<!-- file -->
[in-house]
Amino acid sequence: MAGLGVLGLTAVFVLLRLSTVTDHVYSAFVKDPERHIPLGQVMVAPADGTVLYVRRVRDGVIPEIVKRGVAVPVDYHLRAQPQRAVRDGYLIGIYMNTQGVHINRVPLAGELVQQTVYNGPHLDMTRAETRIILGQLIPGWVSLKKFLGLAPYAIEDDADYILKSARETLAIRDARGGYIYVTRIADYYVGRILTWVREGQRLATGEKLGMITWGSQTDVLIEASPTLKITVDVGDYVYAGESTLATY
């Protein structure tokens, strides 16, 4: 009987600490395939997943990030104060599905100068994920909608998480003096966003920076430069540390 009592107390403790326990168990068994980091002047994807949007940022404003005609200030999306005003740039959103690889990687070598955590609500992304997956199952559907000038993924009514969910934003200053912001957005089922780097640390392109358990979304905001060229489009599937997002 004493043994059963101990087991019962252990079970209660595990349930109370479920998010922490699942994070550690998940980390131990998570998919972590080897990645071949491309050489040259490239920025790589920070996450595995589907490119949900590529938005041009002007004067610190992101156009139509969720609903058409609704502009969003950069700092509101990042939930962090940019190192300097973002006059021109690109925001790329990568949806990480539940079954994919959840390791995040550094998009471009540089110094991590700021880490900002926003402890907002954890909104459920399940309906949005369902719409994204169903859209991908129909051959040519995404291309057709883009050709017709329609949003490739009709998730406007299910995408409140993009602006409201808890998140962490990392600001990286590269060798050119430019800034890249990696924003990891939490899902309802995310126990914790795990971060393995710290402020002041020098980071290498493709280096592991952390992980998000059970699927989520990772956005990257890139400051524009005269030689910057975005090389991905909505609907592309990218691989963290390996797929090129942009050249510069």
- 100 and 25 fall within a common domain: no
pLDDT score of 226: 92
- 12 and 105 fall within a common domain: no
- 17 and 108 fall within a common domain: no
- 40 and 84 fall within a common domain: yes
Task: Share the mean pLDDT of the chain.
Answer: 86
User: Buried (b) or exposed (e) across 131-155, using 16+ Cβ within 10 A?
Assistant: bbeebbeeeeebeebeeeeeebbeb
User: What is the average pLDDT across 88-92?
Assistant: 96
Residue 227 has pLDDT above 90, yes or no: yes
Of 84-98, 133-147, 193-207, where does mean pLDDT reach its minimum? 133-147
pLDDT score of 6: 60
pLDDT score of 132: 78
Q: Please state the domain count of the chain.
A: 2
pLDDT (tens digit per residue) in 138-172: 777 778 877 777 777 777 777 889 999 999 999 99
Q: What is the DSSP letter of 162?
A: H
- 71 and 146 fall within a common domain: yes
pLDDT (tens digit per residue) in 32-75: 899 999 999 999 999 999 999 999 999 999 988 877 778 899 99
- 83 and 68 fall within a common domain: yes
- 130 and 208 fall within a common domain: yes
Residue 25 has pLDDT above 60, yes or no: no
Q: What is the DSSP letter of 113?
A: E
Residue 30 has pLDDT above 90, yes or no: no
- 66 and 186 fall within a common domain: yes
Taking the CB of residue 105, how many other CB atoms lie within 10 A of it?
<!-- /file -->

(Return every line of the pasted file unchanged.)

[in-house]
Amino acid sequence: MAGLGVLGLTAVFVLLRLSTVTDHVYSAFVKDPERHIPLGQVMVAPADGTVLYVRRVRDGVIPEIVKRGVAVPVDYHLRAQPQRAVRDGYLIGIYMNTQGVHINRVPLAGELVQQTVYNGPHLDMTRAETRIILGQLIPGWVSLKKFLGLAPYAIEDDADYILKSARETLAIRDARGGYIYVTRIADYYVGRILTWVREGQRLATGEKLGMITWGSQTDVLIEASPTLKITVDVGDYVYAGESTLATY
């Protein structure tokens, strides 16, 4: 009987600490395939997943990030104060599905100068994920909608998480003096966003920076430069540390 009592107390403790326990168990068994980091002047994807949007940022404003005609200030999306005003740039959103690889990687070598955590609500992304997956199952559907000038993924009514969910934003200053912001957005089922780097640390392109358990979304905001060229489009599937997002 004493043994059963101990087991019962252990079970209660595990349930109370479920998010922490699942994070550690998940980390131990998570998919972590080897990645071949491309050489040259490239920025790589920070996450595995589907490119949900590529938005041009002007004067610190992101156009139509969720609903058409609704502009969003950069700092509101990042939930962090940019190192300097973002006059021109690109925001790329990568949806990480539940079954994919959840390791995040550094998009471009540089110094991590700021880490900002926003402890907002954890909104459920399940309906949005369902719409994204169903859209991908129909051959040519995404291309057709883009050709017709329609949003490739009709998730406007299910995408409140993009602006409201808890998140962490990392600001990286590269060798050119430019800034890249990696924003990891939490899902309802995310126990914790795990971060393995710290402020002041020098980071290498493709280096592991952390992980998000059970699927989520990772956005990257890139400051524009005269030689910057975005090389991905909505609907592309990218691989963290390996797929090129942009050249510069």
- 100 and 25 fall within a common domain: no
pLDDT score of 226: 92
- 12 and 105 fall within a common domain: no
- 17 and 108 fall within a common domain: no
- 40 and 84 fall within a common domain: yes
Task: Share the mean pLDDT of the chain.
Answer: 86
User: Buried (b) or exposed (e) across 131-155, using 16+ Cβ within 10 A?
Assistant: bbeebbeeeeebeebeeeeeebbeb
User: What is the average pLDDT across 88-92?
Assistant: 96
Residue 227 has pLDDT above 90, yes or no: yes
Of 84-98, 133-147, 193-207, where does mean pLDDT reach its minimum? 133-147
pLDDT score of 6: 60
pLDDT score of 132: 78
Q: Please state the domain count of the chain.
A: 2
pLDDT (tens digit per residue) in 138-172: 777 778 877 777 777 777 777 889 999 999 999 99
Q: What is the DSSP letter of 162?
A: H
- 71 and 146 fall within a common domain: yes
pLDDT (tens digit per residue) in 32-75: 899 999 999 999 999 999 999 999 999 999 988 877 778 899 99
- 83 and 68 fall within a common domain: yes
- 130 and 208 fall within a common domain: yes
Residue 25 has pLDDT above 60, yes or no: no
Q: What is the DSSP letter of 113?
A: E
Residue 30 has pLDDT above 90, yes or no: no
- 66 and 186 fall within a common domain: yes
Taking the CB of residue 105, how many other CB atoms lie within 10 A of it?